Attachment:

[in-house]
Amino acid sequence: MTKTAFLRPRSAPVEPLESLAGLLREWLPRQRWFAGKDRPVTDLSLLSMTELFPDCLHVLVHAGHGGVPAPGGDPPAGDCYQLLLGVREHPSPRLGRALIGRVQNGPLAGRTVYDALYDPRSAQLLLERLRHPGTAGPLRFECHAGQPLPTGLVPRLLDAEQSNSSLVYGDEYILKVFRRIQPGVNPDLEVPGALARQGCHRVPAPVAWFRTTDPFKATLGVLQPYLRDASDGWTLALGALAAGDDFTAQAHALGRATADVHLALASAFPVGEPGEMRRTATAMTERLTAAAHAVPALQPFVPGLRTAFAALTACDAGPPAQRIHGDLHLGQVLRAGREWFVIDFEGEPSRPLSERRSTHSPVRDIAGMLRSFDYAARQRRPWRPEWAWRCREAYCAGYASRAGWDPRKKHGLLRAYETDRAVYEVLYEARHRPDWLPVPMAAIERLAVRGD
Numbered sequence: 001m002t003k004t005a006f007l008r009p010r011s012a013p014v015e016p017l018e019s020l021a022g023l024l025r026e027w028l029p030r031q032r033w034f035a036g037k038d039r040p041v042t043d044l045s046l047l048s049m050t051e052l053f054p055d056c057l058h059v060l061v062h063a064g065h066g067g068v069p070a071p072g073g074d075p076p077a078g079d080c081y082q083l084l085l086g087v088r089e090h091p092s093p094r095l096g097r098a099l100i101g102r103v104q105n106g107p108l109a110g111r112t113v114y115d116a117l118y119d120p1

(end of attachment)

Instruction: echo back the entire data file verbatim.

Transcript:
[in-house]
Amino acid sequence: MTKTAFLRPRSAPVEPLESLAGLLREWLPRQRWFAGKDRPVTDLSLLSMTELFPDCLHVLVHAGHGGVPAPGGDPPAGDCYQLLLGVREHPSPRLGRALIGRVQNGPLAGRTVYDALYDPRSAQLLLERLRHPGTAGPLRFECHAGQPLPTGLVPRLLDAEQSNSSLVYGDEYILKVFRRIQPGVNPDLEVPGALARQGCHRVPAPVAWFRTTDPFKATLGVLQPYLRDASDGWTLALGALAAGDDFTAQAHALGRATADVHLALASAFPVGEPGEMRRTATAMTERLTAAAHAVPALQPFVPGLRTAFAALTACDAGPPAQRIHGDLHLGQVLRAGREWFVIDFEGEPSRPLSERRSTHSPVRDIAGMLRSFDYAARQRRPWRPEWAWRCREAYCAGYASRAGWDPRKKHGLLRAYETDRAVYEVLYEARHRPDWLPVPMAAIERLAVRGD
Numbered sequence: 001m002t003k004t005a006f007l008r009p010r011s012a013p014v015e016p017l018e019s020l021a022g023l024l025r026e027w028l029p030r031q032r033w034f035a036g037k038d039r040p041v042t043d044l045s046l047l048s049m050t051e052l053f054p055d056c057l058h059v060l061v062h063a064g065h066g067g068v069p070a071p072g073g074d075p076p077a078g079d080c081y082q083l084l085l086g087v088r089e090h091p092s093p094r095l096g097r098a099l100i101g102r103v104q105n106g107p108l109a110g111r112t113v114y115d116a117l118y119d120p1